Sunday, May 18, 2008

Jou Drapo Ayisyen (A Photo Essay)

Jodiya se jou drapo ayisyen. Or, for those of us in the English-speaking world, today is Haitian Flag Day.

Here in Nassau, Haitian Flag Day celebrations were observed throughout the weekend, the biggest event being yesterday's parade and cultural festival sponsored by the United Haitian Association in the Bahamas (UHAB) as part of their ongoing collaboration with the International Languages and Cultures Institute (ILCI) at the College of the Bahamas.

Both Estela and I attended this event as members of the Bahamas Human Rights Network (BHRN) where we, along with several of our colleagues, helped to staff an information table promoting BHRN's work in the Haitian community. While a number of people did stop by our table and we did collect contact information from several dozen people interested in joining our mailing list (and, hopefully, attending our meetings), I found the day to be productive for other reasons as well.

First, it was a great opportunity to get better acquainted with a number of our colleagues from BHRN in an informal, casual setting. Many of our colleagues bring years of activist experience to BHRN from other human rights organizations--both local and regional--and it was great to hear their stories and learn more about their work, something we don't normally get to do at our regular meetings.

In addition to getting better acquainted with our colleagues from BHRN, we also bumped into numerous friends and acquaintances from throughout the Haitian community and, likewise, met a lot of new and interesting people for the first time, thus developing a greater appreciation for those who are working on behalf of and in collaboration with the Haitian community.

As with last year's Flag Day events, this year also proved to be an important--albeit painful--reminder that the Haitian churches, while often doing good work amongst immigrants from Haiti, have not yet figured out how to minister effectively to the Bahamian-born children of their members. Consequently, at Haitian Flag Day once sees hundreds of Haitian-Bahamian young people who have drifted away from churches that have failed to effectively reach their generation. Many of the Haitian churches, of course, do have sizeable youth groups, many of whom participated in providing entertainment for the day's festivities. But based on the general trajectory we've observed over the past eight years of ministry with local Haitian churches, it is likely that many of these young people will no longer be active in the church five to ten years from now. (This, of course, is a complex issue that is beyond the scope of this particular post. For those who are interested, Manuel Ortiz offers a helpful analysis of ministry issues ethnic churches face in reaching second-generation immigrants here.)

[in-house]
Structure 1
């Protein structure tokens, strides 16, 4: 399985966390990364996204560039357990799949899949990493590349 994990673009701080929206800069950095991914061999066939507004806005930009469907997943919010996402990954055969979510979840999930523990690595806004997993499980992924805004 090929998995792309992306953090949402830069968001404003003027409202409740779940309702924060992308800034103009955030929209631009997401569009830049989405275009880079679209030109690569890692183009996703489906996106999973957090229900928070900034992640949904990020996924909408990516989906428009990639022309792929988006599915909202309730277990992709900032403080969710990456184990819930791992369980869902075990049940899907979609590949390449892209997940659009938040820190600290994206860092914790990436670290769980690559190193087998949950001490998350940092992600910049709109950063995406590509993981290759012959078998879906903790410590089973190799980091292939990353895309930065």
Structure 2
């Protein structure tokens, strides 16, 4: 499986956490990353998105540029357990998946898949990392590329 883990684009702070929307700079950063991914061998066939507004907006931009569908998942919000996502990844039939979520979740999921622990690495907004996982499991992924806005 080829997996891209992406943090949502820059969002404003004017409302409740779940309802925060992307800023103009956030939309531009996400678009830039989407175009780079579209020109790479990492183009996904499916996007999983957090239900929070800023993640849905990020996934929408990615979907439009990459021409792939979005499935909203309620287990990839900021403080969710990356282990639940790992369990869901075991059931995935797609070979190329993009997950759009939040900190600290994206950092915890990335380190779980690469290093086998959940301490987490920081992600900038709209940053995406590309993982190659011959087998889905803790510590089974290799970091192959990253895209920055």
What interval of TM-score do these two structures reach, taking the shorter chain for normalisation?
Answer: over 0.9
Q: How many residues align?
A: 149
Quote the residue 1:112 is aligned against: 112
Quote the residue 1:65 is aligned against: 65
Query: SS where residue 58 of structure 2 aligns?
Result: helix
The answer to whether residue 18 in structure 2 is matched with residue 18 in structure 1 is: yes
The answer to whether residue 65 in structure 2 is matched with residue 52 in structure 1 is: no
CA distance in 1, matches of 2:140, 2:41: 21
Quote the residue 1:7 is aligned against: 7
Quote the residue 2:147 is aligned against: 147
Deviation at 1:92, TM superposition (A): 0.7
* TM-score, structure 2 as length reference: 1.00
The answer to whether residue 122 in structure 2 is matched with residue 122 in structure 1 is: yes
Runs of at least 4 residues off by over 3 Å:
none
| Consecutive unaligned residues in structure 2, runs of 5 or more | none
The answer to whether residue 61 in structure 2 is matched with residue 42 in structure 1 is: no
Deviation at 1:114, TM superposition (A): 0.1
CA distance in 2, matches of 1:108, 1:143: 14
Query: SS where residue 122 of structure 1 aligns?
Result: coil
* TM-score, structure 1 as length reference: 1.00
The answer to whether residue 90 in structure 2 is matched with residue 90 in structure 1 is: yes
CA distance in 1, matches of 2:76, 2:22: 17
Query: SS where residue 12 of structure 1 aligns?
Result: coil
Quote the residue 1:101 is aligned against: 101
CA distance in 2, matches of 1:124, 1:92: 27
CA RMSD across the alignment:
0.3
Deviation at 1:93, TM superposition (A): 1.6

Last but not least, this was a wonderful celebration of Haitian culture and history. In spite of Haiti's political instability and status as one of the poorest countries in the world, the reality is that Haitians have developed a rich and beautiful culture that has made significant contributions to the regional history and culture of the Caribbean and, indeed, the African-Diaspora throughout the Americas. In that regard, this weekend's Flag Day celebrations properly emphasized the positive aspects of Haiti rather than dwelling upon the negative. Yes, things are tough in Haiti but Haiti and the Haitian people also have much to celebrate and to share with the broader international community. Hopefully, that is the message that was communicated through this year's celebrations.

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At Friday, May 23, 2008 at 6:26:00 PM EST , Anonymous Anonymous said...

Where I live in Texas (Fort Worth) we did not celebrate the Haitian's flag day. There is not an existent haitian community here in the Fort Worth/Dallas area. I'm glad to hear hatians elswhere still maintain this great tradition.


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